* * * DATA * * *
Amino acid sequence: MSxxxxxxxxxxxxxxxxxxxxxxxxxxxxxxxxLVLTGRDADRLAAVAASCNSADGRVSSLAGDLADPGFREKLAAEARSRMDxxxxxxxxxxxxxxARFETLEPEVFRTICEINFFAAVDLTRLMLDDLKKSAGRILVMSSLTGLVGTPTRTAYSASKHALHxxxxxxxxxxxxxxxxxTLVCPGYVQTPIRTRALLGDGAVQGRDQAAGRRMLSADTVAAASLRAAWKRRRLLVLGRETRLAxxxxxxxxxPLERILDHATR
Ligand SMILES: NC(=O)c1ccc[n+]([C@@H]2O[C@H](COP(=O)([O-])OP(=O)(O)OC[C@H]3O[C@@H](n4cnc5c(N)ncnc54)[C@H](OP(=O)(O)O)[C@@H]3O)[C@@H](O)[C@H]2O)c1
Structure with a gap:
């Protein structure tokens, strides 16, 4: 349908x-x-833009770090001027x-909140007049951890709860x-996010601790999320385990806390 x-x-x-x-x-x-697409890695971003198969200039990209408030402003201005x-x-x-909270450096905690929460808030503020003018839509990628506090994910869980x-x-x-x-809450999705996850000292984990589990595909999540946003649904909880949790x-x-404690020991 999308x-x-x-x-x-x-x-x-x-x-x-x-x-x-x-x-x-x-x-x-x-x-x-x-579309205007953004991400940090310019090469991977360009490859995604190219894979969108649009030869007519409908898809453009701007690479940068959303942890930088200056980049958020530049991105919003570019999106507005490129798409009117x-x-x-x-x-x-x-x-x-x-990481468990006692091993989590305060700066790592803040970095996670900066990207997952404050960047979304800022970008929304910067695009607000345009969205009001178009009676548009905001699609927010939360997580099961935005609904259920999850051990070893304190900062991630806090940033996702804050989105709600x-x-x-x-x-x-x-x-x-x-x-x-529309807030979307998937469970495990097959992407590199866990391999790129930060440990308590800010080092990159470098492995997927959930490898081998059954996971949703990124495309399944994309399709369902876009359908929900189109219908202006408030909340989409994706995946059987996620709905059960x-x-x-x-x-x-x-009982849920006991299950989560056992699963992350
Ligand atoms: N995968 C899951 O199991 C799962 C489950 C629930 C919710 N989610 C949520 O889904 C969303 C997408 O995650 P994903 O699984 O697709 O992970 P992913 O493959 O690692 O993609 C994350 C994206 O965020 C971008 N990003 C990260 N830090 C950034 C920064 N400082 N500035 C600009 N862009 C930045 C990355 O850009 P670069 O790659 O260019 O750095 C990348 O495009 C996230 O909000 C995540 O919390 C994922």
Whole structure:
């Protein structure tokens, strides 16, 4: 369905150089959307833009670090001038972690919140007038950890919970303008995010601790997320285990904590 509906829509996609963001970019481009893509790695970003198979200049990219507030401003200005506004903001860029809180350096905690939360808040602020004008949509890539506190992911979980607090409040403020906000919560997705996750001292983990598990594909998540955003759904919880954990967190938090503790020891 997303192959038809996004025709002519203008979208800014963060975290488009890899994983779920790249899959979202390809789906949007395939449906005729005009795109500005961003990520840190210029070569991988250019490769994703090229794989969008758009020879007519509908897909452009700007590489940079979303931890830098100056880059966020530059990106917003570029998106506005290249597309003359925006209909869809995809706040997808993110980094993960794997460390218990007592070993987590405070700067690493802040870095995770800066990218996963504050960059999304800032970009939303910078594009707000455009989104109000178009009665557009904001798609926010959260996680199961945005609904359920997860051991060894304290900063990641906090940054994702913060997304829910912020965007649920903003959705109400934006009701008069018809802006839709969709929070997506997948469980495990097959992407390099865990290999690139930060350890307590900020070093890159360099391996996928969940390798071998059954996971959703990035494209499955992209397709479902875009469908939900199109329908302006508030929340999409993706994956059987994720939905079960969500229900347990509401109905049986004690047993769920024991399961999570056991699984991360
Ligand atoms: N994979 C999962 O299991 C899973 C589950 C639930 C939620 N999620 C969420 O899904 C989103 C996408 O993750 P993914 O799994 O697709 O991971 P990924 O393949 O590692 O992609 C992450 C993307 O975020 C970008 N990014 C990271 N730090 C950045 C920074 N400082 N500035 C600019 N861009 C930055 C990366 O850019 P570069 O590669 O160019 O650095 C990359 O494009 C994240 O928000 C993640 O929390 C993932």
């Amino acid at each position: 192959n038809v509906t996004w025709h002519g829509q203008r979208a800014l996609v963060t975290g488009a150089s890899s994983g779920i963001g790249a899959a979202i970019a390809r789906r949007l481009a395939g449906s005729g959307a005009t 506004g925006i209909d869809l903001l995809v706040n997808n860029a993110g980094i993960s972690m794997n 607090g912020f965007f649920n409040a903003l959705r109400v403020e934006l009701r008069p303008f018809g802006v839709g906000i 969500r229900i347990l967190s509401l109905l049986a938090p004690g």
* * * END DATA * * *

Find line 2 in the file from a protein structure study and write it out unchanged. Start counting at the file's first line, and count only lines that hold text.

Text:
Ligand SMILES: NC(=O)c1ccc[n+]([C@@H]2O[C@H](COP(=O)([O-])OP(=O)(O)OC[C@H]3O[C@@H](n4cnc5c(N)ncnc54)[C@H](OP(=O)(O)O)[C@@H]3O)[C@@H](O)[C@H]2O)c1